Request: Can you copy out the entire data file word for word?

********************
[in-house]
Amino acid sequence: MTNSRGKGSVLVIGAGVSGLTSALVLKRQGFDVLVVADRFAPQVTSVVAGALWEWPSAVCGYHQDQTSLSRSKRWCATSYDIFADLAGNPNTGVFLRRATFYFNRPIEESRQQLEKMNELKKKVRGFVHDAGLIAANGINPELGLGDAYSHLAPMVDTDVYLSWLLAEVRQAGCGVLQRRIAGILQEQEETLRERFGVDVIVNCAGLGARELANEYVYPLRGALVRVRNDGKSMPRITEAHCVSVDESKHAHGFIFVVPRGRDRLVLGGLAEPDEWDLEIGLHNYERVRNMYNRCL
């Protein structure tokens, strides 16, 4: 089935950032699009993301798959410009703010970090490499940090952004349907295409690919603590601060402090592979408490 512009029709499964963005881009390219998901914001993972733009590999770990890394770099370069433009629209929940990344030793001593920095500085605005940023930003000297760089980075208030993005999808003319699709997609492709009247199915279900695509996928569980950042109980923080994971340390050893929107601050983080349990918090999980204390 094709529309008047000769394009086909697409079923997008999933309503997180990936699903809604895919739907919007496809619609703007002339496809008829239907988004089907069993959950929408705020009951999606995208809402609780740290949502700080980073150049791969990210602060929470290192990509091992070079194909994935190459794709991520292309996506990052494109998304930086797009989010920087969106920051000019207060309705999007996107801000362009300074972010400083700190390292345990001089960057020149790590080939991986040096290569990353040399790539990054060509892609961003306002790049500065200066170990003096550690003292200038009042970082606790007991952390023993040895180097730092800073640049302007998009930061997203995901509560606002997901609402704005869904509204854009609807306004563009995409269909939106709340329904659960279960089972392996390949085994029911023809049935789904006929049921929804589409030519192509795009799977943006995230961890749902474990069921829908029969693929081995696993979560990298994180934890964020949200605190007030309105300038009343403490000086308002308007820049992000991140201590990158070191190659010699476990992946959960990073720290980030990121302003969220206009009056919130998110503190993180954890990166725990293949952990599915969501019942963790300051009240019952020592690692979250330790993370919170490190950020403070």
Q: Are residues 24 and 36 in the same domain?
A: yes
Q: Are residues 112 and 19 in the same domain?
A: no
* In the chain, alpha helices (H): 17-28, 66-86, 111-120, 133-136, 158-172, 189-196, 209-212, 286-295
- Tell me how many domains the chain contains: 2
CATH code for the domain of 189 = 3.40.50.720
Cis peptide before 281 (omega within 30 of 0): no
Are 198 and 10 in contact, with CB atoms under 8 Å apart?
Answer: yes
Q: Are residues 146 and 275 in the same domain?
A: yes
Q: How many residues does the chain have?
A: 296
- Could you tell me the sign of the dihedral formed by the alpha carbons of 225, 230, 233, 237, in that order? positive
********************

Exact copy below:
[in-house]
Amino acid sequence: MTNSRGKGSVLVIGAGVSGLTSALVLKRQGFDVLVVADRFAPQVTSVVAGALWEWPSAVCGYHQDQTSLSRSKRWCATSYDIFADLAGNPNTGVFLRRATFYFNRPIEESRQQLEKMNELKKKVRGFVHDAGLIAANGINPELGLGDAYSHLAPMVDTDVYLSWLLAEVRQAGCGVLQRRIAGILQEQEETLRERFGVDVIVNCAGLGARELANEYVYPLRGALVRVRNDGKSMPRITEAHCVSVDESKHAHGFIFVVPRGRDRLVLGGLAEPDEWDLEIGLHNYERVRNMYNRCL
């Protein structure tokens, strides 16, 4: 089935950032699009993301798959410009703010970090490499940090952004349907295409690919603590601060402090592979408490 512009029709499964963005881009390219998901914001993972733009590999770990890394770099370069433009629209929940990344030793001593920095500085605005940023930003000297760089980075208030993005999808003319699709997609492709009247199915279900695509996928569980950042109980923080994971340390050893929107601050983080349990918090999980204390 094709529309008047000769394009086909697409079923997008999933309503997180990936699903809604895919739907919007496809619609703007002339496809008829239907988004089907069993959950929408705020009951999606995208809402609780740290949502700080980073150049791969990210602060929470290192990509091992070079194909994935190459794709991520292309996506990052494109998304930086797009989010920087969106920051000019207060309705999007996107801000362009300074972010400083700190390292345990001089960057020149790590080939991986040096290569990353040399790539990054060509892609961003306002790049500065200066170990003096550690003292200038009042970082606790007991952390023993040895180097730092800073640049302007998009930061997203995901509560606002997901609402704005869904509204854009609807306004563009995409269909939106709340329904659960279960089972392996390949085994029911023809049935789904006929049921929804589409030519192509795009799977943006995230961890749902474990069921829908029969693929081995696993979560990298994180934890964020949200605190007030309105300038009343403490000086308002308007820049992000991140201590990158070191190659010699476990992946959960990073720290980030990121302003969220206009009056919130998110503190993180954890990166725990293949952990599915969501019942963790300051009240019952020592690692979250330790993370919170490190950020403070």
Q: Are residues 24 and 36 in the same domain?
A: yes
Q: Are residues 112 and 19 in the same domain?
A: no
* In the chain, alpha helices (H): 17-28, 66-86, 111-120, 133-136, 158-172, 189-196, 209-212, 286-295
- Tell me how many domains the chain contains: 2
CATH code for the domain of 189 = 3.40.50.720
Cis peptide before 281 (omega within 30 of 0): no
Are 198 and 10 in contact, with CB atoms under 8 Å apart?
Answer: yes
Q: Are residues 146 and 275 in the same domain?
A: yes
Q: How many residues does the chain have?
A: 296
- Could you tell me the sign of the dihedral formed by the alpha carbons of 225, 230, 233, 237, in that order? positive